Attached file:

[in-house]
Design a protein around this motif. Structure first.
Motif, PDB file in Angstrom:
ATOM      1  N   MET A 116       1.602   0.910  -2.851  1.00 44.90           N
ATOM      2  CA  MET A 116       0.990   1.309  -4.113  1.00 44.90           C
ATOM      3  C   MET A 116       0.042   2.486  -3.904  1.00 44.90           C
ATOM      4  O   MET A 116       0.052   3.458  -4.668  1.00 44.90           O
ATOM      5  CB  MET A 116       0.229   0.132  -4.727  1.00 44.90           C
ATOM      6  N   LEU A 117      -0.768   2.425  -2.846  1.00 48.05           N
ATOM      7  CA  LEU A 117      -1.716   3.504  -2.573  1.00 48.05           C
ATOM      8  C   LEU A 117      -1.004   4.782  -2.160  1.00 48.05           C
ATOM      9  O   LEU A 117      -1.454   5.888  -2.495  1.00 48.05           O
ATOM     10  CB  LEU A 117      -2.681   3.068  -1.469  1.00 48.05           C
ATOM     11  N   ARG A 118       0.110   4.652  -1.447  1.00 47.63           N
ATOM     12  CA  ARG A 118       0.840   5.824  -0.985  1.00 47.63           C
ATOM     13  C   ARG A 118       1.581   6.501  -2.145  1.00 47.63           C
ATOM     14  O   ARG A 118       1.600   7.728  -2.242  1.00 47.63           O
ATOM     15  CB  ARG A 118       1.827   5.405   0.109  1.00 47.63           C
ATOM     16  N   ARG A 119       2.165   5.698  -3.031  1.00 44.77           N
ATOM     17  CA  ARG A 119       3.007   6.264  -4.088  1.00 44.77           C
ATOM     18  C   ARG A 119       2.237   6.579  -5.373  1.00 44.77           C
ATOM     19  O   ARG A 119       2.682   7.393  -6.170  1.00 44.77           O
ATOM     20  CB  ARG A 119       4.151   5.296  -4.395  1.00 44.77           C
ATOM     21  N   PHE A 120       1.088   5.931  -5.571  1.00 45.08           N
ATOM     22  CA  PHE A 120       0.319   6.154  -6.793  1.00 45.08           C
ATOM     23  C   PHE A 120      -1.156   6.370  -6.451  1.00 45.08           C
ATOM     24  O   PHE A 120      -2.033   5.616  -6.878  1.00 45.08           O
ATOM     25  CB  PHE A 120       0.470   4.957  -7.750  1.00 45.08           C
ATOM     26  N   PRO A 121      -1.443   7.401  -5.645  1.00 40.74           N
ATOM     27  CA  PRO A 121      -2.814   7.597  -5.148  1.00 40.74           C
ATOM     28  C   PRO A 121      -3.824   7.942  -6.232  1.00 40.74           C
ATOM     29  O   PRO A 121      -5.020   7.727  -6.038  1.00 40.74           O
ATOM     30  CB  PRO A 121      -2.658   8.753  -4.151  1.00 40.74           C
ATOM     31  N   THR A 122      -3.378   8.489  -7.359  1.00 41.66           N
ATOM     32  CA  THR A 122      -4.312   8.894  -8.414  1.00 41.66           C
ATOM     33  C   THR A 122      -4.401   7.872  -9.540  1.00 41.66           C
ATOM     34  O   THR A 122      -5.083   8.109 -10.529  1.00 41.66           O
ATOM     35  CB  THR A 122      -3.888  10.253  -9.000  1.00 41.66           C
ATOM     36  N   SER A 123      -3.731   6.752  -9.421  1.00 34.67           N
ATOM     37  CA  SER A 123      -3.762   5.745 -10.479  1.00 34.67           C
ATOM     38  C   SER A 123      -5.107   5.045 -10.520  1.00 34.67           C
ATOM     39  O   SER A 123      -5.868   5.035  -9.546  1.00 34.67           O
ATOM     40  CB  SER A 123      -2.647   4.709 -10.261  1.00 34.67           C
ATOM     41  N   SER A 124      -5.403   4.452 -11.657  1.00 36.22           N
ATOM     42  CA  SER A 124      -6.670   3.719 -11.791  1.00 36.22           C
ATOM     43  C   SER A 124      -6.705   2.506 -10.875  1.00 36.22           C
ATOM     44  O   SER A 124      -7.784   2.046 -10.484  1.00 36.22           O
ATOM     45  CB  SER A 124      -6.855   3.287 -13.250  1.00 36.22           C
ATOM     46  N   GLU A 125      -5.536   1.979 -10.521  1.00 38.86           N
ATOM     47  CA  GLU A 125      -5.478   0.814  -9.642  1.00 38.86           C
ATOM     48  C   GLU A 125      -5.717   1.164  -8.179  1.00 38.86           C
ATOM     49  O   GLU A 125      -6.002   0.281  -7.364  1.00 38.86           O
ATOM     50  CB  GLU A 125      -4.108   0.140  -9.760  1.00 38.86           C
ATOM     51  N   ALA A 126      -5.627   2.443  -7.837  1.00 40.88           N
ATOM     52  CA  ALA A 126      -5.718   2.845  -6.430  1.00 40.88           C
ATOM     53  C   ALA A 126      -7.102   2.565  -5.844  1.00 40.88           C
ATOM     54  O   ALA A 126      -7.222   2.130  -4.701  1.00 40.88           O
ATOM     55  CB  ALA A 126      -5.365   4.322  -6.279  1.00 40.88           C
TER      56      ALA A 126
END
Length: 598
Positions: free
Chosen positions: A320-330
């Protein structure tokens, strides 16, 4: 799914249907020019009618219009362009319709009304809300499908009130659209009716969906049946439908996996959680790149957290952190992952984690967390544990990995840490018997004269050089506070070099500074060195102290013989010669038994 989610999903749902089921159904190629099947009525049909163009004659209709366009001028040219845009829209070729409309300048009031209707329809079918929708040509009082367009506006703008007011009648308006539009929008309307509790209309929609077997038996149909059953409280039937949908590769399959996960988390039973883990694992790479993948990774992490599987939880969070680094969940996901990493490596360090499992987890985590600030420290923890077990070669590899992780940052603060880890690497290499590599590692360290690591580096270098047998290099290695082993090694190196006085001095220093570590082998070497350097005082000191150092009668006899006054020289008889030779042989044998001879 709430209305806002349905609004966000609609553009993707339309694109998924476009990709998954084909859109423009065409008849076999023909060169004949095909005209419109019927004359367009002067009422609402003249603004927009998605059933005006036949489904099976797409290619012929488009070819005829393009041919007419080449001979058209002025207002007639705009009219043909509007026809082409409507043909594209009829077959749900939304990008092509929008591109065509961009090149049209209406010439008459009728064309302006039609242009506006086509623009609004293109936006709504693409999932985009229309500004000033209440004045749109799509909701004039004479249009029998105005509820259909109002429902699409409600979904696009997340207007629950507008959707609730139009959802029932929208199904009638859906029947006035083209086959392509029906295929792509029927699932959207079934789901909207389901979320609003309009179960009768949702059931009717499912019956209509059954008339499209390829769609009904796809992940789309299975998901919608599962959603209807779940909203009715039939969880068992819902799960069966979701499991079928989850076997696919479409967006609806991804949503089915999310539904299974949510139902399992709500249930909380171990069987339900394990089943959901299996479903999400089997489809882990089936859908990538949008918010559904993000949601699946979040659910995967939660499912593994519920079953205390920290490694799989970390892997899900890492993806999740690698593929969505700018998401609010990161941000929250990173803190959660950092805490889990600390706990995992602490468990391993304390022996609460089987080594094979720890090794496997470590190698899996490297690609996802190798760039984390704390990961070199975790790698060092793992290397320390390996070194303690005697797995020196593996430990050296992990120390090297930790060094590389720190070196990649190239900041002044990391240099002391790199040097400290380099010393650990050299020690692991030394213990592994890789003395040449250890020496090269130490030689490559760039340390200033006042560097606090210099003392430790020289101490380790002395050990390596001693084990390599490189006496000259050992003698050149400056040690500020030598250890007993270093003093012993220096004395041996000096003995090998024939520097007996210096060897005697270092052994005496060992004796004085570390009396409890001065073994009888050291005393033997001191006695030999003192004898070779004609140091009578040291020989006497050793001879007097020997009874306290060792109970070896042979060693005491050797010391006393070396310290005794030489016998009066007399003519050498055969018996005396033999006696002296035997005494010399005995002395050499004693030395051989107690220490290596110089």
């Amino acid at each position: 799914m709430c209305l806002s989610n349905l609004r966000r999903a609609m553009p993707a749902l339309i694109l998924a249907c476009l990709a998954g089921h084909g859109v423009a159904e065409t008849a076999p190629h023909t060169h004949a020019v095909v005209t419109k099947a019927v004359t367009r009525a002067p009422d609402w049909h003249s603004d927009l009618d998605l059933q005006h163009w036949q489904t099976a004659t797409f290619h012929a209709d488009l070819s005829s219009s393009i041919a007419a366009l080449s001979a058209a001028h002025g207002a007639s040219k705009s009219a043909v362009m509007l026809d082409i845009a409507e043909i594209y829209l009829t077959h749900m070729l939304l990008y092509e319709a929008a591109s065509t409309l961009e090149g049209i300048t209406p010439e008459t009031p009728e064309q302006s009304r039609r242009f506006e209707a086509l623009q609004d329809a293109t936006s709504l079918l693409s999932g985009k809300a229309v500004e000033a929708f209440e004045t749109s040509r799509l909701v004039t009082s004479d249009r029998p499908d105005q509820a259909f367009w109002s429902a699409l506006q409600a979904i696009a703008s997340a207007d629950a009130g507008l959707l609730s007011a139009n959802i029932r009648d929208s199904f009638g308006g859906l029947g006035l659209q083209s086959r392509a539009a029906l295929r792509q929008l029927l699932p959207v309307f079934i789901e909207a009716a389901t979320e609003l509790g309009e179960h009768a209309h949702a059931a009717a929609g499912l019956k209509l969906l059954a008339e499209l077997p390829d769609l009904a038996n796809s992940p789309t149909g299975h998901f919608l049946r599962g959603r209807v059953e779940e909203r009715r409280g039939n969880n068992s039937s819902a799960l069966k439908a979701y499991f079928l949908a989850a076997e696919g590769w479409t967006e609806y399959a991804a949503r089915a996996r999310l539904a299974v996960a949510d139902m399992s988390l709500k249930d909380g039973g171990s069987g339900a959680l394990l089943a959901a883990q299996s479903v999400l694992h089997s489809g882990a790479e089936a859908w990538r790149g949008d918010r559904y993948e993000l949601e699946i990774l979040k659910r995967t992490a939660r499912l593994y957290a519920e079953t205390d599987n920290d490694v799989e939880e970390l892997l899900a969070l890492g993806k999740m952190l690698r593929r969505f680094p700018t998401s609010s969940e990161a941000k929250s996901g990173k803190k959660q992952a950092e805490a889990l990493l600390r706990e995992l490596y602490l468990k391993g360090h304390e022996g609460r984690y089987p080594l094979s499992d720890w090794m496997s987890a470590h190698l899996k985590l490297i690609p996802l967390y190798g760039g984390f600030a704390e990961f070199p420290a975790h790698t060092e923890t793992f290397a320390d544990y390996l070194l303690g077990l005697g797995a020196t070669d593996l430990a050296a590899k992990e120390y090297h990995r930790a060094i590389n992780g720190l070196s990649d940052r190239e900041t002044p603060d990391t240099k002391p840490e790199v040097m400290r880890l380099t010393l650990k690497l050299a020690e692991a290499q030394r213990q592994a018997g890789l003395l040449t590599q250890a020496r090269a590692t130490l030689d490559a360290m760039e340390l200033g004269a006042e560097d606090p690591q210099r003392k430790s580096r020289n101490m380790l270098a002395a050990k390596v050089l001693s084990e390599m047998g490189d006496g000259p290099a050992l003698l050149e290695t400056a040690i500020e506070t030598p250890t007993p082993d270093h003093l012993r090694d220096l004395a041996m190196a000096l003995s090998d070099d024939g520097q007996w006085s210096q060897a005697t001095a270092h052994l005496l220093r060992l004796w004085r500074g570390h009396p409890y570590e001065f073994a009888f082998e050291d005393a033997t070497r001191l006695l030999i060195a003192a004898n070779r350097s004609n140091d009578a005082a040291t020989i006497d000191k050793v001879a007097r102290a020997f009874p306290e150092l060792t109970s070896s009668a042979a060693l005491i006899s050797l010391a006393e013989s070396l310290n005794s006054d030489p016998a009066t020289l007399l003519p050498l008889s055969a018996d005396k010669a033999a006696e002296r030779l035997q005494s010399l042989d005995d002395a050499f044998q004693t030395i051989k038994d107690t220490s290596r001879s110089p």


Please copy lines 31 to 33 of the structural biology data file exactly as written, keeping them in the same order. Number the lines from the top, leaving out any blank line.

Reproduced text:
ATOM     28  C   PRO A 121      -3.824   7.942  -6.232  1.00 40.74           C
ATOM     29  O   PRO A 121      -5.020   7.727  -6.038  1.00 40.74           O
ATOM     30  CB  PRO A 121      -2.658   8.753  -4.151  1.00 40.74           C